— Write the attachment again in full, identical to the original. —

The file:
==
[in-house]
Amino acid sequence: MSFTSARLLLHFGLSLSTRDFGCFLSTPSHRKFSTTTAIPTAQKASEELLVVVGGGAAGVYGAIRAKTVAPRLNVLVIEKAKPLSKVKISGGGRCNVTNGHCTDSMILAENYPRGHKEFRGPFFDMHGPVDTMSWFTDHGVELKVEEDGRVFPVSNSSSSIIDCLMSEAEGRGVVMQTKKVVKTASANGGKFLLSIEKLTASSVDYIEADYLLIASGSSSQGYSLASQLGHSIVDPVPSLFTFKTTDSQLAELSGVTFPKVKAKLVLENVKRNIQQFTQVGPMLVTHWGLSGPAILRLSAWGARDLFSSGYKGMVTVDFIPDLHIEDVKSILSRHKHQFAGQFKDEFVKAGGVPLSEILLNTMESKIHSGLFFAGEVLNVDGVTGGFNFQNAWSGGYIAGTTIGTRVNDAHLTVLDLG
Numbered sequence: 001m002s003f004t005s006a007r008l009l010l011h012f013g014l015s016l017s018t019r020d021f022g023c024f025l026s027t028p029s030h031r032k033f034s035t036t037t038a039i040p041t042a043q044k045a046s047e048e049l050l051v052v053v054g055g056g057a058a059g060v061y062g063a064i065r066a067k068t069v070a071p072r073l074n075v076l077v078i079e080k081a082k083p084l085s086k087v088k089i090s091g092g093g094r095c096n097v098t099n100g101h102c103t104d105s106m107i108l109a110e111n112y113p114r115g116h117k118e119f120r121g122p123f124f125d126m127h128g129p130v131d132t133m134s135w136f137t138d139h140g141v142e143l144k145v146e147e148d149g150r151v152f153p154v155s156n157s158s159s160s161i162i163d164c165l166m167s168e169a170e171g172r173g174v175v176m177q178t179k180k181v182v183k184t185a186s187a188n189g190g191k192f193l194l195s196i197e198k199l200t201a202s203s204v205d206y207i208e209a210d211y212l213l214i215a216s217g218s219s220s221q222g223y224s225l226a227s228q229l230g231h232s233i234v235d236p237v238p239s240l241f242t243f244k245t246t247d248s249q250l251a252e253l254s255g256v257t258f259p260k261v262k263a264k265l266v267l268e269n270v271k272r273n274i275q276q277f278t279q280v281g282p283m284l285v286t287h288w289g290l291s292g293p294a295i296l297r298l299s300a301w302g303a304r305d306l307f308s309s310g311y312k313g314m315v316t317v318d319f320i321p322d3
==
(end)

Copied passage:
[in-house]
Amino acid sequence: MSFTSARLLLHFGLSLSTRDFGCFLSTPSHRKFSTTTAIPTAQKASEELLVVVGGGAAGVYGAIRAKTVAPRLNVLVIEKAKPLSKVKISGGGRCNVTNGHCTDSMILAENYPRGHKEFRGPFFDMHGPVDTMSWFTDHGVELKVEEDGRVFPVSNSSSSIIDCLMSEAEGRGVVMQTKKVVKTASANGGKFLLSIEKLTASSVDYIEADYLLIASGSSSQGYSLASQLGHSIVDPVPSLFTFKTTDSQLAELSGVTFPKVKAKLVLENVKRNIQQFTQVGPMLVTHWGLSGPAILRLSAWGARDLFSSGYKGMVTVDFIPDLHIEDVKSILSRHKHQFAGQFKDEFVKAGGVPLSEILLNTMESKIHSGLFFAGEVLNVDGVTGGFNFQNAWSGGYIAGTTIGTRVNDAHLTVLDLG
Numbered sequence: 001m002s003f004t005s006a007r008l009l010l011h012f013g014l015s016l017s018t019r020d021f022g023c024f025l026s027t028p029s030h031r032k033f034s035t036t037t038a039i040p041t042a043q044k045a046s047e048e049l050l051v052v053v054g055g056g057a058a059g060v061y062g063a064i065r066a067k068t069v070a071p072r073l074n075v076l077v078i079e080k081a082k083p084l085s086k087v088k089i090s091g092g093g094r095c096n097v098t099n100g101h102c103t104d105s106m107i108l109a110e111n112y113p114r115g116h117k118e119f120r121g122p123f124f125d126m127h128g129p130v131d132t133m134s135w136f137t138d139h140g141v142e143l144k145v146e147e148d149g150r151v152f153p154v155s156n157s158s159s160s161i162i163d164c165l166m167s168e169a170e171g172r173g174v175v176m177q178t179k180k181v182v183k184t185a186s187a188n189g190g191k192f193l194l195s196i197e198k199l200t201a202s203s204v205d206y207i208e209a210d211y212l213l214i215a216s217g218s219s220s221q222g223y224s225l226a227s228q229l230g231h232s233i234v235d236p237v238p239s240l241f242t243f244k245t246t247d248s249q250l251a252e253l254s255g256v257t258f259p260k261v262k263a264k265l266v267l268e269n270v271k272r273n274i275q276q277f278t279q280v281g282p283m284l285v286t287h288w289g290l291s292g293p294a295i296l297r298l299s300a301w302g303a304r305d306l307f308s309s310g311y312k313g314m315v316t317v318d319f320i321p322d3